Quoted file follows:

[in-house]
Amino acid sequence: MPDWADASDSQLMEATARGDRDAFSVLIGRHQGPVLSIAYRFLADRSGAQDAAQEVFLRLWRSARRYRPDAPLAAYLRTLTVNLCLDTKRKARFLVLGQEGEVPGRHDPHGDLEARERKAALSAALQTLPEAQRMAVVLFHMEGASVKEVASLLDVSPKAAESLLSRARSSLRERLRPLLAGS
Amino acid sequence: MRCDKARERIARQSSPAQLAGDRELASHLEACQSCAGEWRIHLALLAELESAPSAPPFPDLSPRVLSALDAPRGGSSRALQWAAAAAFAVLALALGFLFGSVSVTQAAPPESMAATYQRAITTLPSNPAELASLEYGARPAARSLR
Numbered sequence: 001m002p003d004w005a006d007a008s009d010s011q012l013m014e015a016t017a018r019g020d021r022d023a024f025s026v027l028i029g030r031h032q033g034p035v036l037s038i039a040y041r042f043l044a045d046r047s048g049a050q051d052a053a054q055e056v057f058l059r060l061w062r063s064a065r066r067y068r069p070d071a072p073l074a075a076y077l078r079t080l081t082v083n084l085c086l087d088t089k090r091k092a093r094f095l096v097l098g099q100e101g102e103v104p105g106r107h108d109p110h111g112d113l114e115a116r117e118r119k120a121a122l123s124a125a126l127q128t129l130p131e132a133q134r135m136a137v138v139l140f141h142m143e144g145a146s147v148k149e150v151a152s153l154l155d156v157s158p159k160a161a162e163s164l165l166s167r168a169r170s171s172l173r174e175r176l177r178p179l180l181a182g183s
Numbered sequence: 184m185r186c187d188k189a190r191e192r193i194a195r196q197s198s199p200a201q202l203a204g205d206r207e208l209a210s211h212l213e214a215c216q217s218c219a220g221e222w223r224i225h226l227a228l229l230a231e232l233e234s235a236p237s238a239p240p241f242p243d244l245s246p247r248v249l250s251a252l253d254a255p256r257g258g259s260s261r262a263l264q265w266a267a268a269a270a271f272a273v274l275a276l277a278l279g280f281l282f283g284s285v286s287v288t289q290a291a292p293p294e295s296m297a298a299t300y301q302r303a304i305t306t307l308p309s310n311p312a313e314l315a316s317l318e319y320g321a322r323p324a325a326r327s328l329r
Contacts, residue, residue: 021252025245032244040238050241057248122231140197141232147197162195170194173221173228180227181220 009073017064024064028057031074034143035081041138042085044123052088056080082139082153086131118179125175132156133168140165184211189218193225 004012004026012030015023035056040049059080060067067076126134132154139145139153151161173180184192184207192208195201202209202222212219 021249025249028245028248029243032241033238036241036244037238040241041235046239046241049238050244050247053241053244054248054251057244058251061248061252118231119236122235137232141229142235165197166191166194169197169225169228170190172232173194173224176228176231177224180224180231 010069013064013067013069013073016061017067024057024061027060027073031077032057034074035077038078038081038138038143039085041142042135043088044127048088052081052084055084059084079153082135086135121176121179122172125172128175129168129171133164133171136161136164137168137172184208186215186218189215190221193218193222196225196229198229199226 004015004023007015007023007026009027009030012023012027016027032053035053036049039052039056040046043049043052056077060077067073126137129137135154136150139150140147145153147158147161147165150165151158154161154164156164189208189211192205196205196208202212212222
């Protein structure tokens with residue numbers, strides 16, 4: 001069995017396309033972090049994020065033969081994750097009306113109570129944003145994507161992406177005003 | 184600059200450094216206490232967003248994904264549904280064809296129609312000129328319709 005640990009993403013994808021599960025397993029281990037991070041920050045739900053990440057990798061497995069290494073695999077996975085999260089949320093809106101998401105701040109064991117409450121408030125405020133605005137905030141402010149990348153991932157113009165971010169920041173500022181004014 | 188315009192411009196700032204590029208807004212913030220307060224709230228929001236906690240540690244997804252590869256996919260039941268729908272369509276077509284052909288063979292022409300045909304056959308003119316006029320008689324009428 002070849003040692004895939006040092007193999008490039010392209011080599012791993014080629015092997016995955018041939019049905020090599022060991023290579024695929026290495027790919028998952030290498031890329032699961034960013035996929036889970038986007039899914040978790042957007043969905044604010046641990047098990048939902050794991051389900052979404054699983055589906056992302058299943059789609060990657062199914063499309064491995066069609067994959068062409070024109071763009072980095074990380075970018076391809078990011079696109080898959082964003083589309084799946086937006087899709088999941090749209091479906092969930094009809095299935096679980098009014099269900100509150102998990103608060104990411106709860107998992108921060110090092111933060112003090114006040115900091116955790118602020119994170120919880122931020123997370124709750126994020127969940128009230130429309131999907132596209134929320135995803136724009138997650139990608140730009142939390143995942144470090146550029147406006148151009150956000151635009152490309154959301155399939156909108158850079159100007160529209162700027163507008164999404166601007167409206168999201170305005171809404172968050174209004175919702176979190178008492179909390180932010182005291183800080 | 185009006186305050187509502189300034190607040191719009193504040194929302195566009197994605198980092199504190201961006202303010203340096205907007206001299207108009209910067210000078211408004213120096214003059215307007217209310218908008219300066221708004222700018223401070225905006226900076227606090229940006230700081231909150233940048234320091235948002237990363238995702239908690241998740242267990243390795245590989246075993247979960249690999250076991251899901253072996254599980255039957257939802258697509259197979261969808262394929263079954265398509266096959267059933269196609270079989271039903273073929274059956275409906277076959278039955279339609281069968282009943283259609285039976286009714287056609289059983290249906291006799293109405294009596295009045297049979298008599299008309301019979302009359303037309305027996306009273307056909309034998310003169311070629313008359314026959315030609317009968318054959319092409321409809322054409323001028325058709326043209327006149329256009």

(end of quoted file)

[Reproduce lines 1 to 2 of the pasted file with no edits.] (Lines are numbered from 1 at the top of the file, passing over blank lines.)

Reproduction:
[in-house]
Amino acid sequence: MPDWADASDSQLMEATARGDRDAFSVLIGRHQGPVLSIAYRFLADRSGAQDAAQEVFLRLWRSARRYRPDAPLAAYLRTLTVNLCLDTKRKARFLVLGQEGEVPGRHDPHGDLEARERKAALSAALQTLPEAQRMAVVLFHMEGASVKEVASLLDVSPKAAESLLSRARSSLRERLRPLLAGS